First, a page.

Empire State tenants nervous
Saturday, September 15, 2001
At the Empire State Building -- New York's tallest building again after three decades -- office workers nervously returned to work yesterday.
"Many people here are talking about leaving. There's a feeling that we're the only target still standing," said Assaf Shalev, chief operating officer of DiamondFloor.com, an Internet company on the 57th floor. Most offices reopened at the landmark building on Thursday, but many employees waited another day to return, still shaken by the terrorist attack that felled the twin 110-storey towers of the World Trade Center -- about 1½ kilometres south and 30 metres taller than the Empire State.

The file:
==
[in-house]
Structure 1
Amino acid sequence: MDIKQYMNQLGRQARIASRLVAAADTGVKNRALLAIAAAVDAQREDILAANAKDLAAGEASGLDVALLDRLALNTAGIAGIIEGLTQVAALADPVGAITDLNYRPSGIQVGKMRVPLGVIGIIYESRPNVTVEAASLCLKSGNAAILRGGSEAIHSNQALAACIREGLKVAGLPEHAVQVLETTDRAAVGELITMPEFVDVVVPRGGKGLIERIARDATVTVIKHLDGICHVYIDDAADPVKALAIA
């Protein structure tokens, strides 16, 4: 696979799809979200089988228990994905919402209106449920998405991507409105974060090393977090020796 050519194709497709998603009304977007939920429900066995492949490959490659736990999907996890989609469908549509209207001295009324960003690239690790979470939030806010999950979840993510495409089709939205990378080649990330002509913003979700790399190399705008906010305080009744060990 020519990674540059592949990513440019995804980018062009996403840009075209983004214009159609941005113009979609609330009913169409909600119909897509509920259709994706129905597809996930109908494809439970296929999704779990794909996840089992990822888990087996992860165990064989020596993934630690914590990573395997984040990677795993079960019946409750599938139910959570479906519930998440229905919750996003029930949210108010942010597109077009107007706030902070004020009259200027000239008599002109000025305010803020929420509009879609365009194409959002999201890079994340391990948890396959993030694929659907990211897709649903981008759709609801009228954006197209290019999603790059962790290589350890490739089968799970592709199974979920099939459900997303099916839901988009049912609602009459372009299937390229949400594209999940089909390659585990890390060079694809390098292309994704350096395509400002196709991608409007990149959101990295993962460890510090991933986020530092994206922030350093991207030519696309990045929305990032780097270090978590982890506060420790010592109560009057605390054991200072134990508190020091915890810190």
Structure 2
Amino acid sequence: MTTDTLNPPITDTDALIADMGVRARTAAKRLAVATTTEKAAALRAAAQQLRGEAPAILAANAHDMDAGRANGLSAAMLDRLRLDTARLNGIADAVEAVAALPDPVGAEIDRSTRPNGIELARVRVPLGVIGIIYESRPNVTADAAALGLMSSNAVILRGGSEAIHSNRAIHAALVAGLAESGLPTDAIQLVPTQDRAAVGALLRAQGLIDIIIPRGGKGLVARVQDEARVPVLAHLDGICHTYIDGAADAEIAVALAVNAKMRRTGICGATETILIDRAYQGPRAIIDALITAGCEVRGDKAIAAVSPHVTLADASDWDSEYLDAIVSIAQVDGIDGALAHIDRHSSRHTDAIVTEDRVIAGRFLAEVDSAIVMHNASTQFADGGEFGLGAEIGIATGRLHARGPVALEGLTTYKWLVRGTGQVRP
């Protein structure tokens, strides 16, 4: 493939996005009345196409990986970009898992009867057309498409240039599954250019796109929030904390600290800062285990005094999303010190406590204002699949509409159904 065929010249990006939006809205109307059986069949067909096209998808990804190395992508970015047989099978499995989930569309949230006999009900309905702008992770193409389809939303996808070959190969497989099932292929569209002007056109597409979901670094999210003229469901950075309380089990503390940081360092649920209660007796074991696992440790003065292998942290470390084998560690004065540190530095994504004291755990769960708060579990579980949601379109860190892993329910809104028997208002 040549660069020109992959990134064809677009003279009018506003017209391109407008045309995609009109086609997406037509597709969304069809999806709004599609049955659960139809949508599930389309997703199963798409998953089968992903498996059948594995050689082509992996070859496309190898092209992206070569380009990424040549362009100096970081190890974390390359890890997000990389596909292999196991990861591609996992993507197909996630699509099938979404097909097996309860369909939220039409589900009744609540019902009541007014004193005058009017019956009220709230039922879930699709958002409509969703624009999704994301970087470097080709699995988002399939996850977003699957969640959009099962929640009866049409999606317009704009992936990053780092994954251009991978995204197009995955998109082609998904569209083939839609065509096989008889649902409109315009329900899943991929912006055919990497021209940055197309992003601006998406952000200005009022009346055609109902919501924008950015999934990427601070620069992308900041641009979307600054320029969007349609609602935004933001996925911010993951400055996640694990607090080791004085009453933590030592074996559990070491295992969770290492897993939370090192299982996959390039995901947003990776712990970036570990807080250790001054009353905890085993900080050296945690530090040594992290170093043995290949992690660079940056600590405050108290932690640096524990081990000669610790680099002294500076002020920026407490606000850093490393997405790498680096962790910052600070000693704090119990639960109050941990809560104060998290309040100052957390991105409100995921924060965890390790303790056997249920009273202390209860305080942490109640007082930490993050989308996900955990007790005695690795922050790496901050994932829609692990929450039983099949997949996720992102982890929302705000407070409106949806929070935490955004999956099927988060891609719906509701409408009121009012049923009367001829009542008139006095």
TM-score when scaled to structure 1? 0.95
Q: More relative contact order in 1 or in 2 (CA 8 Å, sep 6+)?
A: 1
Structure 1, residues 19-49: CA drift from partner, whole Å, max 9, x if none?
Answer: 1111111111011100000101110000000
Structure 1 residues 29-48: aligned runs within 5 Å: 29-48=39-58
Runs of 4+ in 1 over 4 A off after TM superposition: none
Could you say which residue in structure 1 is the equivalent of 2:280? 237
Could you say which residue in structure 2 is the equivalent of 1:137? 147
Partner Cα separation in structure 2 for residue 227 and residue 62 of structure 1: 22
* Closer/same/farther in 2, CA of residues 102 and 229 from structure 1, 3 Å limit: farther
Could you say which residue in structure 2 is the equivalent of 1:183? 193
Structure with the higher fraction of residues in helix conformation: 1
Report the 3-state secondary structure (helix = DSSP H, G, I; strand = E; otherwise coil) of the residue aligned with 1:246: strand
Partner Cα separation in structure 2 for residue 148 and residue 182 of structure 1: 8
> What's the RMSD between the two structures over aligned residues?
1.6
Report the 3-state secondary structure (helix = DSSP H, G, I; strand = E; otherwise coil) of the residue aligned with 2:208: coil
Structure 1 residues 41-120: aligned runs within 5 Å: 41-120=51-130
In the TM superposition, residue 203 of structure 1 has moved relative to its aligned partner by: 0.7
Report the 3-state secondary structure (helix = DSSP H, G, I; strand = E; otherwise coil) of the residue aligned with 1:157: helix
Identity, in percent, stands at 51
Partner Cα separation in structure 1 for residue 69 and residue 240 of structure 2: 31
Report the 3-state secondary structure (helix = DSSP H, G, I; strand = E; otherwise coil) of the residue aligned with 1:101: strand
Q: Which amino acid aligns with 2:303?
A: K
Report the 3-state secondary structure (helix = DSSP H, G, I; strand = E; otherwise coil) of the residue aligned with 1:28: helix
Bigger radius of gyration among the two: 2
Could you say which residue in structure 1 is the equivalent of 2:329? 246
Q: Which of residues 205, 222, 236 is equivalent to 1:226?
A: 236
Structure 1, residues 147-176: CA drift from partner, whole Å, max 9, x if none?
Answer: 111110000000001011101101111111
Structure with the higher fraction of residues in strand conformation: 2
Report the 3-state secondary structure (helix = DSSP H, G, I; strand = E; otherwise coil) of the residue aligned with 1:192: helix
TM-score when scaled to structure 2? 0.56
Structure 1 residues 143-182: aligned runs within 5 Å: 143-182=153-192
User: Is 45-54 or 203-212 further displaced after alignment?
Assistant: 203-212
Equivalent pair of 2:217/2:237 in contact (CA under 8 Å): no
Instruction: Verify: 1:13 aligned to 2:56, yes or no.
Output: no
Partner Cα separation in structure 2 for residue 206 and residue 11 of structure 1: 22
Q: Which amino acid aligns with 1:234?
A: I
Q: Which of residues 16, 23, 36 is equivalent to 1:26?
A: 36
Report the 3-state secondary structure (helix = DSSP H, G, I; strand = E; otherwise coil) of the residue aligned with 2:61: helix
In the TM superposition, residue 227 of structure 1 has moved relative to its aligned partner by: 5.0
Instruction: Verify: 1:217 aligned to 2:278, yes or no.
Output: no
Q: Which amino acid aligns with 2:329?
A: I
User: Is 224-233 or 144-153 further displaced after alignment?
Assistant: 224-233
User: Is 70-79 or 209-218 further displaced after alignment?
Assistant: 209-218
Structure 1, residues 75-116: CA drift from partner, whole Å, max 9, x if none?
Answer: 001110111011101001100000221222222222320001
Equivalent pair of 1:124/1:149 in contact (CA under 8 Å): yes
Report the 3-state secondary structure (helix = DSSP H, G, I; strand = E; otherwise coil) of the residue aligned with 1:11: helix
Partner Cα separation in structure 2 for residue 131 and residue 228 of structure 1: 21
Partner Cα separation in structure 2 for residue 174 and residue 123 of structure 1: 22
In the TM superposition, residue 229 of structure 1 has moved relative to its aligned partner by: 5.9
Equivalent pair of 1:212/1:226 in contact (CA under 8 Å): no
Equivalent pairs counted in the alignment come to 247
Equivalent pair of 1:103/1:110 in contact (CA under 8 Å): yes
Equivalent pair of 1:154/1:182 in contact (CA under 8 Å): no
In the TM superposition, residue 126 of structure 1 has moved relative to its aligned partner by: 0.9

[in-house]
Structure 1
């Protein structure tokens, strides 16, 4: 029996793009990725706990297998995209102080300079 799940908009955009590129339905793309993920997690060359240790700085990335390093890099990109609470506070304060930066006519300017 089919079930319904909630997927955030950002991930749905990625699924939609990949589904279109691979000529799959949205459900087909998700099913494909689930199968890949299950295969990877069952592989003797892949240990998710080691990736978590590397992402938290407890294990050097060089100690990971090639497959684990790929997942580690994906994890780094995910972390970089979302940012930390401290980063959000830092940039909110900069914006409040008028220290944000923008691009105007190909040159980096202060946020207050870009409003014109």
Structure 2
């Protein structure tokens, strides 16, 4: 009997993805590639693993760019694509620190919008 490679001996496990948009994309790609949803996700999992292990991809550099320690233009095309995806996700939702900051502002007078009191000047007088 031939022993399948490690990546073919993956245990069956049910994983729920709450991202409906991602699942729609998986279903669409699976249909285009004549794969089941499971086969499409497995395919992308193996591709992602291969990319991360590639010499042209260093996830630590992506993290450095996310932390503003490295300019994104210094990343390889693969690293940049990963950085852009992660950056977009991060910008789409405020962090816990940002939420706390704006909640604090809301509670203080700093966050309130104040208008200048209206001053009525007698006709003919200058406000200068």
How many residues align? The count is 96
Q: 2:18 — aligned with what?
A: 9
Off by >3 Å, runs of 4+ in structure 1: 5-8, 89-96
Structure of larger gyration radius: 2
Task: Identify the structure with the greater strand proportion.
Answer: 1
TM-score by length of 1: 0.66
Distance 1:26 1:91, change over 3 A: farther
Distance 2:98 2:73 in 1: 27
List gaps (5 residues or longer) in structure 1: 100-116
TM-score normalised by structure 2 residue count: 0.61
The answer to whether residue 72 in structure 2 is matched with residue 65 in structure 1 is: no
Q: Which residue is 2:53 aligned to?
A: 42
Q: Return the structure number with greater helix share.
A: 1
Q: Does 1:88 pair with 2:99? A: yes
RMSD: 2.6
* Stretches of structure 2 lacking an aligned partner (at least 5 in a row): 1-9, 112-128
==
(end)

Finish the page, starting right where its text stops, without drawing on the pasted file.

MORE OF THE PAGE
The Empire State Building has the dubious distinction of being the only other skyscraper in Manhattan to have been hit by a plane. On July 28, 1945, a B-25 bomber flying in fog crashed into the 79th floor, killing 14 people.
Building security was stepped up yesterday; only one entrance was open and guards checked identification. Metal detectors and bag searches have been standard at the Empire State since 1997, when a Palestinian gunman killed one sightseer and wounded six others before fatally shooting himself on the 86th-floor observation deck. A note found on his body suggested he wanted to "eliminate" his enemies, including Zionists.